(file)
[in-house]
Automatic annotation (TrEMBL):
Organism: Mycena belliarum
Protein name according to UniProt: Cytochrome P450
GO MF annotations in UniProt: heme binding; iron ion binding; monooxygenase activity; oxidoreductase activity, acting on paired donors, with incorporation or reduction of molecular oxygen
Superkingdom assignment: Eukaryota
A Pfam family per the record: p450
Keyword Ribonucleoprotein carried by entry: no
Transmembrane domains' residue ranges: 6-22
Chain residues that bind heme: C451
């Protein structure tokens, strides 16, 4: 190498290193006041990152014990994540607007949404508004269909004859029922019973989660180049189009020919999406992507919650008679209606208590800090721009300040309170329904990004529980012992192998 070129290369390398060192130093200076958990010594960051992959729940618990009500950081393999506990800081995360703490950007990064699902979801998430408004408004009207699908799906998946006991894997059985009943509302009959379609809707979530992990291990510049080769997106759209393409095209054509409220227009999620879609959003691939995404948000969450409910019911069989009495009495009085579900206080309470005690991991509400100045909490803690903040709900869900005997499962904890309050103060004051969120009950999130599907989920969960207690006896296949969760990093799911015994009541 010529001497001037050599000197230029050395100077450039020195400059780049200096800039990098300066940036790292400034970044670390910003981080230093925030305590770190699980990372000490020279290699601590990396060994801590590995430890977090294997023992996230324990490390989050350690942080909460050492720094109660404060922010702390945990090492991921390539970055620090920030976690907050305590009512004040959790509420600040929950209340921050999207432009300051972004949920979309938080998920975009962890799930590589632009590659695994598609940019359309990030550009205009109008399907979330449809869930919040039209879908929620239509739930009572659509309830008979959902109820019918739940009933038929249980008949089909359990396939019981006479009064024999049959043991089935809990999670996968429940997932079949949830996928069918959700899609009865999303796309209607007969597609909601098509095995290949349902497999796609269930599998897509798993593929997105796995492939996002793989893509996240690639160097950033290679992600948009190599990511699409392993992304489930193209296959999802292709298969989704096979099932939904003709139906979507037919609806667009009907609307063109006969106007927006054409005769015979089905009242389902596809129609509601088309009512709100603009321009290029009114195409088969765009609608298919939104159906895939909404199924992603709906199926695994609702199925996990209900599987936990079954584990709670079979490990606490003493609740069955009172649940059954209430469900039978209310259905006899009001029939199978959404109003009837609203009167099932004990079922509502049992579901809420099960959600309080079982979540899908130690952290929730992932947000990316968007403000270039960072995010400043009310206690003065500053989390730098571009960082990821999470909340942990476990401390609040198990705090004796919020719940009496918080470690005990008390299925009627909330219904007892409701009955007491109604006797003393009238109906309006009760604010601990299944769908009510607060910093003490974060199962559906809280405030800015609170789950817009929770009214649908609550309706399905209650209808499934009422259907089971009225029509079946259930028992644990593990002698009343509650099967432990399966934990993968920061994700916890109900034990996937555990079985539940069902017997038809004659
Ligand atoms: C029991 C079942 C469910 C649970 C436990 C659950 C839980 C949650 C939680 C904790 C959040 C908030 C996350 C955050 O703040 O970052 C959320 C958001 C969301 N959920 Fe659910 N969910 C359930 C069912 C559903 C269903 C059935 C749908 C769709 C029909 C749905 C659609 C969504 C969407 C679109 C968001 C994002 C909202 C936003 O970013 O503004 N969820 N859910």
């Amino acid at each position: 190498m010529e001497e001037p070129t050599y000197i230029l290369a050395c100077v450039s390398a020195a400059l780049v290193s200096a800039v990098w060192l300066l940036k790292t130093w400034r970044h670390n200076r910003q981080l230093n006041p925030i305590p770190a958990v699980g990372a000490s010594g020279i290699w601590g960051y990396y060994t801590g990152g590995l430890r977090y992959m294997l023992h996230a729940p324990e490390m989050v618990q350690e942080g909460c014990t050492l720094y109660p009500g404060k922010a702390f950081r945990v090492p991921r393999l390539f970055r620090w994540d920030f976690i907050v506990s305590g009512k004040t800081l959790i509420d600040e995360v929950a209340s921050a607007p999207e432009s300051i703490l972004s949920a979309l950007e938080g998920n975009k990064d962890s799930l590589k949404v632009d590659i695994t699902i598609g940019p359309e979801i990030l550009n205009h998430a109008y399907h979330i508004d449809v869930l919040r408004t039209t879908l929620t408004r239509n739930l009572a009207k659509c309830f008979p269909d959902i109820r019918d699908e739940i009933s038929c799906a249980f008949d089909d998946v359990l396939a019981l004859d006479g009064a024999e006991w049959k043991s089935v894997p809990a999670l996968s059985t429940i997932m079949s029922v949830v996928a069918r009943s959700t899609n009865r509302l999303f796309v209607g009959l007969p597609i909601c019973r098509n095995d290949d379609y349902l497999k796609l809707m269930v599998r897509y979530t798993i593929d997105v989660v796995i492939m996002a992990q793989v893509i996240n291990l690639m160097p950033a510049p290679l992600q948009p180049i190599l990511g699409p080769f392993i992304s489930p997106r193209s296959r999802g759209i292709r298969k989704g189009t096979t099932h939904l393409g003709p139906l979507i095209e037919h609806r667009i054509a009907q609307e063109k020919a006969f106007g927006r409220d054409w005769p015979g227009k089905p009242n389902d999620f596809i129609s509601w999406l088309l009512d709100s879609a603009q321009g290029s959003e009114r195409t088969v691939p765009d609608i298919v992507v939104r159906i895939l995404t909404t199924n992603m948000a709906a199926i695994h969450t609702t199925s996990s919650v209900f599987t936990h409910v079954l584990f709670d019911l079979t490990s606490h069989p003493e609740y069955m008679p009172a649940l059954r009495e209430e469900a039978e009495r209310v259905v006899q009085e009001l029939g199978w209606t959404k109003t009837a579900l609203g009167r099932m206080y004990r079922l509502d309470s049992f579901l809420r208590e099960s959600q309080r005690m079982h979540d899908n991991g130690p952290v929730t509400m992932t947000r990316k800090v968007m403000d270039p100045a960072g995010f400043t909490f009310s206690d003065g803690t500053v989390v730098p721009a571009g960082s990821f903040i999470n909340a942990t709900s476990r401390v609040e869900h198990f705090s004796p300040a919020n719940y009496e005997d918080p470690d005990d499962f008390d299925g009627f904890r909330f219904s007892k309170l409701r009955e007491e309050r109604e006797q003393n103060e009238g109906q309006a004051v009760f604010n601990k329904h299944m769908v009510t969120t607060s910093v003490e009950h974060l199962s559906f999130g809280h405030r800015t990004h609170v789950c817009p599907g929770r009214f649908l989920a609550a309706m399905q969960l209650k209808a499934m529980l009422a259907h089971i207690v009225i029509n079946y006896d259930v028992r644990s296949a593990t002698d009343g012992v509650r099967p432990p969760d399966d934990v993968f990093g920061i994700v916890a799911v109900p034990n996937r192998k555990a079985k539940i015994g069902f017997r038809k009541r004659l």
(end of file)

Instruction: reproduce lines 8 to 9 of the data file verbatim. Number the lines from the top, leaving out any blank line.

Keyword Ribonucleoprotein carried by entry: no
Transmembrane domains' residue ranges: 6-22